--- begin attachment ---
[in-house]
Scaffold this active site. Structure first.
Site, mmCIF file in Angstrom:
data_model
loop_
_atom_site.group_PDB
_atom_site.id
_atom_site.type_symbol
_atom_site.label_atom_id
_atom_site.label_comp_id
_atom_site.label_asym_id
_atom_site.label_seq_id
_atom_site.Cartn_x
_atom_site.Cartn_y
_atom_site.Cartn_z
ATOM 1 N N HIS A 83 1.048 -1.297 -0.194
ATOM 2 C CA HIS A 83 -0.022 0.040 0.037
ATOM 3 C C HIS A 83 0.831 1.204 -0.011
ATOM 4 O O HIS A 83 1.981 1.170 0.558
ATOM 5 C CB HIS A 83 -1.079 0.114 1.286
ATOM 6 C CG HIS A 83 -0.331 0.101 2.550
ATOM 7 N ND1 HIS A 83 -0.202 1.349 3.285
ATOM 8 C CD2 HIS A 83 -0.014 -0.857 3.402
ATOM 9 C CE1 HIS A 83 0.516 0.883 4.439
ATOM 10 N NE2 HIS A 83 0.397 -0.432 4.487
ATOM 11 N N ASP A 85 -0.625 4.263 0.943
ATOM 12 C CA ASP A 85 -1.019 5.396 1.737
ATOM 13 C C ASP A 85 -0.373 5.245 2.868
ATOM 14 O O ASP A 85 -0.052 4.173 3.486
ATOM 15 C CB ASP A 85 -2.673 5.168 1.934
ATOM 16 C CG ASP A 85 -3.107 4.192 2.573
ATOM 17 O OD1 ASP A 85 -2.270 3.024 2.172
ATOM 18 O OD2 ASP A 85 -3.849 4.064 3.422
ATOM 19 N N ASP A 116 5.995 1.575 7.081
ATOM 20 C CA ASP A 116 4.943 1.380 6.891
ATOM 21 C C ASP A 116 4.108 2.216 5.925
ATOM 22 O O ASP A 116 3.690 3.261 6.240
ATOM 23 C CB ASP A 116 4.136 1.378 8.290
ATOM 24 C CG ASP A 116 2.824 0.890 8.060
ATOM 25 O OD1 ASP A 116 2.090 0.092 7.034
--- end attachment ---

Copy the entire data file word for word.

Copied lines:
[in-house]
Scaffold this active site. Structure first.
Site, mmCIF file in Angstrom:
data_model
loop_
_atom_site.group_PDB
_atom_site.id
_atom_site.type_symbol
_atom_site.label_atom_id
_atom_site.label_comp_id
_atom_site.label_asym_id
_atom_site.label_seq_id
_atom_site.Cartn_x
_atom_site.Cartn_y
_atom_site.Cartn_z
ATOM 1 N N HIS A 83 1.048 -1.297 -0.194
ATOM 2 C CA HIS A 83 -0.022 0.040 0.037
ATOM 3 C C HIS A 83 0.831 1.204 -0.011
ATOM 4 O O HIS A 83 1.981 1.170 0.558
ATOM 5 C CB HIS A 83 -1.079 0.114 1.286
ATOM 6 C CG HIS A 83 -0.331 0.101 2.550
ATOM 7 N ND1 HIS A 83 -0.202 1.349 3.285
ATOM 8 C CD2 HIS A 83 -0.014 -0.857 3.402
ATOM 9 C CE1 HIS A 83 0.516 0.883 4.439
ATOM 10 N NE2 HIS A 83 0.397 -0.432 4.487
ATOM 11 N N ASP A 85 -0.625 4.263 0.943
ATOM 12 C CA ASP A 85 -1.019 5.396 1.737
ATOM 13 C C ASP A 85 -0.373 5.245 2.868
ATOM 14 O O ASP A 85 -0.052 4.173 3.486
ATOM 15 C CB ASP A 85 -2.673 5.168 1.934
ATOM 16 C CG ASP A 85 -3.107 4.192 2.573
ATOM 17 O OD1 ASP A 85 -2.270 3.024 2.172
ATOM 18 O OD2 ASP A 85 -3.849 4.064 3.422
ATOM 19 N N ASP A 116 5.995 1.575 7.081
ATOM 20 C CA ASP A 116 4.943 1.380 6.891
ATOM 21 C C ASP A 116 4.108 2.216 5.925
ATOM 22 O O ASP A 116 3.690 3.261 6.240
ATOM 23 C CB ASP A 116 4.136 1.378 8.290
ATOM 24 C CG ASP A 116 2.824 0.890 8.060
ATOM 25 O OD1 ASP A 116 2.090 0.092 7.034